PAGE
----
Two new exhibitions about band the Grateful Dead have just opened at the New York Historical Society and the University of California, proving the dead live on.
Two new exhibitions about band the Grateful Dead have just opened at the New York Historical Society and the University of California, proving the dead live on. The New York Times reports: "’The Grateful Dead: Now Playing at the New-York Historical Society,’ which continues through July 4, includes only a tiny part of the material that the band donated to the university in 2008. But as the first large-scale public showing of artifacts from the collection, it offers a tantalizing glimpse of material that is stirring the interest not just of hard-core Deadheads but also of scholars. The items on display include instruments, letters from Deadheads, memos from the band’s business meetings, newsletters, concert programs and T-shirt designs. There is also a rare original poster from one of Ken Kesey’s mid-1960s Acid Tests, and even the 1968 letter in which Warner Brothers Records renewed the band’s recording contract, with a paltry 8 percent royalty rate for domestic releases (and 5 percent abroad). Though the Grateful Dead were based in the San Francisco Bay area and were closely identified with the psychedelic movement that emerged in the mid-1960s there, Louise Mirrer, president of the historical society, justified the exhibition by referring to the band’s ‘great New York pedigree’."
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A NASA astronomer explains how astronauts dispose of their, uh, dark matter.
- When nature calls in micro-gravity, astronauts must answer. Space agencies have developed suction-based toilets – with a camera built in to ensure all the waste is contained before "flushing".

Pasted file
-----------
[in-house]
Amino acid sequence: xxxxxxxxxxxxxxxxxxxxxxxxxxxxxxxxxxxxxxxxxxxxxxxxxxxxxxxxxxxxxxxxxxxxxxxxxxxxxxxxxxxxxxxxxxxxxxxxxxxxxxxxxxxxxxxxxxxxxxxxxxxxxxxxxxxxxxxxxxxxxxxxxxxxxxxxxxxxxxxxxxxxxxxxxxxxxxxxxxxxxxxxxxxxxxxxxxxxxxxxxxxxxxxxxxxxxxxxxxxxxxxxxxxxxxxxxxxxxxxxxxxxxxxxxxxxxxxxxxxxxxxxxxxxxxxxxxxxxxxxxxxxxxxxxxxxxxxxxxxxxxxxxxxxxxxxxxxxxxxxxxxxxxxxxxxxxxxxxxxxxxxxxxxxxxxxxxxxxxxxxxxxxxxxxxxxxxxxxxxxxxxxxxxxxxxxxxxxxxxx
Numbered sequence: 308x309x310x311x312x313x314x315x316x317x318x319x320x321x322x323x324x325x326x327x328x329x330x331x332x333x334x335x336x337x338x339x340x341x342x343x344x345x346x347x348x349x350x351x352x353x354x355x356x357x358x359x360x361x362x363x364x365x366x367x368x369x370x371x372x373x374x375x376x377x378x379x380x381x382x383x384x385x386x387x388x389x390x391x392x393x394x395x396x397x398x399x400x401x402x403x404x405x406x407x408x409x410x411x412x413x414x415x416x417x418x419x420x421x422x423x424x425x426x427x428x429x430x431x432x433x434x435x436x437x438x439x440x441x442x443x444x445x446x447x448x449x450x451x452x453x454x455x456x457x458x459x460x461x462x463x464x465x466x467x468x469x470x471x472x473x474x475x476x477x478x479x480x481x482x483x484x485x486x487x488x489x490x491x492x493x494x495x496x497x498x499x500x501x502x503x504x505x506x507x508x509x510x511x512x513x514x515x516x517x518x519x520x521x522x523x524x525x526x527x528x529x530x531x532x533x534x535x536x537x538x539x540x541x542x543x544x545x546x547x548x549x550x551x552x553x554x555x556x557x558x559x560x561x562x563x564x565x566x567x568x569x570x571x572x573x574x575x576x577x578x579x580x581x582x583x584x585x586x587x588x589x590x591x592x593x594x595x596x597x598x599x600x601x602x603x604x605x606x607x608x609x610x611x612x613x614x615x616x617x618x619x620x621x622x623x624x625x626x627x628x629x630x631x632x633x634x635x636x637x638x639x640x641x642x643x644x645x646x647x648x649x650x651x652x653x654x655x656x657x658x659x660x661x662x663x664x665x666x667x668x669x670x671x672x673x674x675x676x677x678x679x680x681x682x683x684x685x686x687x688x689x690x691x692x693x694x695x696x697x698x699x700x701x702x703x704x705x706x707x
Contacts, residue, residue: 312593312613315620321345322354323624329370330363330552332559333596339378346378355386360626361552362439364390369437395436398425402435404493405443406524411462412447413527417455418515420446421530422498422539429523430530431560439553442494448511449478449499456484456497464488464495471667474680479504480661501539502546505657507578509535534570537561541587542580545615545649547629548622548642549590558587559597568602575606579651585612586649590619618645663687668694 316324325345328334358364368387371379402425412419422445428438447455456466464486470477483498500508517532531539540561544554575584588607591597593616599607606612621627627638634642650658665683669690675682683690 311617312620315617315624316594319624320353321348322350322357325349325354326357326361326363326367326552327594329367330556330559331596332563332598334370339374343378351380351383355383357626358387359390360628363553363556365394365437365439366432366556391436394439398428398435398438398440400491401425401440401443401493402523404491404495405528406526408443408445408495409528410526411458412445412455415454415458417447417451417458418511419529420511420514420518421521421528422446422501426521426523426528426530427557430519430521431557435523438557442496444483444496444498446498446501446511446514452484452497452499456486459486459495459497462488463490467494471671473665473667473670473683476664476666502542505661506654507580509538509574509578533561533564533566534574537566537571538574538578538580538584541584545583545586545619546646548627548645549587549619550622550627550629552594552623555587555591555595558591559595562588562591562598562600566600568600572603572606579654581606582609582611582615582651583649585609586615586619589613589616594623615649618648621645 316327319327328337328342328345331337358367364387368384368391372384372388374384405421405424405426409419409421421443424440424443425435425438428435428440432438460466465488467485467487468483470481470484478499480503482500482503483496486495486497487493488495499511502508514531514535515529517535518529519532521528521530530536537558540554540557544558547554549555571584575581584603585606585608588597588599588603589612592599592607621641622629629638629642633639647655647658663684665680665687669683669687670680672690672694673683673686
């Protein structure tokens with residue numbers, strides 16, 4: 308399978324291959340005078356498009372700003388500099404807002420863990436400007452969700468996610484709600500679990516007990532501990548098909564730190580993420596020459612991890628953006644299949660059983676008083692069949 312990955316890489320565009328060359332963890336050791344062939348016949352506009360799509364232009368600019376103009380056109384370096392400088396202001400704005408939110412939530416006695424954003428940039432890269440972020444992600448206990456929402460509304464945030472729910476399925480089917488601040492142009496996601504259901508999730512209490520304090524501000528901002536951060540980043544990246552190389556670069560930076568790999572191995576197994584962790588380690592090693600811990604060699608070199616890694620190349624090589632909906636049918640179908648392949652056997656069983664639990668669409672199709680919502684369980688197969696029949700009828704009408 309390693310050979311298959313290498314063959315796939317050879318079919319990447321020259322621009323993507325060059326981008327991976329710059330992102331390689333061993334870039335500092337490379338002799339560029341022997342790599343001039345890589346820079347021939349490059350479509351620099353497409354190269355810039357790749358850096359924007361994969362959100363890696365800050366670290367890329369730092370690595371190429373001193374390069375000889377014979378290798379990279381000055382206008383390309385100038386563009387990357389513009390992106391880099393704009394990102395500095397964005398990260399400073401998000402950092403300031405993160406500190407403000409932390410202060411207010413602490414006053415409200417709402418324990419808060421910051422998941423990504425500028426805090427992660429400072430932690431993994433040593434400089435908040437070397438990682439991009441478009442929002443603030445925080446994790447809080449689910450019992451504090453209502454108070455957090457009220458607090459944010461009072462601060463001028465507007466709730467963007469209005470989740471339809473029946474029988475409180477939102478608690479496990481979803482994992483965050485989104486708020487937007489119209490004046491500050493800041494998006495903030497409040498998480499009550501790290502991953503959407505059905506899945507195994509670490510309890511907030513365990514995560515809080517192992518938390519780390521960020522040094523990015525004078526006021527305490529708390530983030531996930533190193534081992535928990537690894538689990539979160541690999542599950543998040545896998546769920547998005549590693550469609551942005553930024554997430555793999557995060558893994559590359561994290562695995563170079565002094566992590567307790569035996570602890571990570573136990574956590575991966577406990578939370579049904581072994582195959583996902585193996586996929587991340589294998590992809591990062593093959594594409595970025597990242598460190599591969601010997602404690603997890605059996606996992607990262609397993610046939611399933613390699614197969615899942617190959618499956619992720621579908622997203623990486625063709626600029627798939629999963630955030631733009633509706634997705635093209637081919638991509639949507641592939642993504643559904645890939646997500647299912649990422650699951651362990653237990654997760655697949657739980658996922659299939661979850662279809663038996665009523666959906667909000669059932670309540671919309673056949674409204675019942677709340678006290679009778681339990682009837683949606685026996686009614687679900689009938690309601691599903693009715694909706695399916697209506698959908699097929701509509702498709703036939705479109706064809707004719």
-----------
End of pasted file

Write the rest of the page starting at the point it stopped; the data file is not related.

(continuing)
- Yes, there have been floaters in space. The early days of space exploration were a learning curve!
- Amazingly, you don't need gravity to digest food. Peristalsis, the process by which your throat and intestines squeeze themselves, actually moves food and water through your digestive system without gravity at all.
She met mere mortals with and without the Vatican's approval.
- For centuries, the Virgin Mary has appeared to the faithful, requesting devotion and promising comfort.
- These maps show the geography of Marian apparitions – the handful approved by the Vatican, and many others.
- Historically, Europe is where most apparitions have been reported, but the U.S. is pretty fertile ground too.
A growing body of research shows promising signs that the keto diet might be able to improve mental health.
- The keto diet is known to be an effective tool for weight loss, however its effects on mental health remain largely unclear.
- Recent studies suggests that the keto diet might be an effective tool for treating depression, and clearing up so-called "brain fog," though scientists caution more research is necessary before it can be recommended as a treatment.
- Any experiments with the keto diet are best done in conjunction with a doctor, considering some people face problems when transitioning to the low-carb diet.
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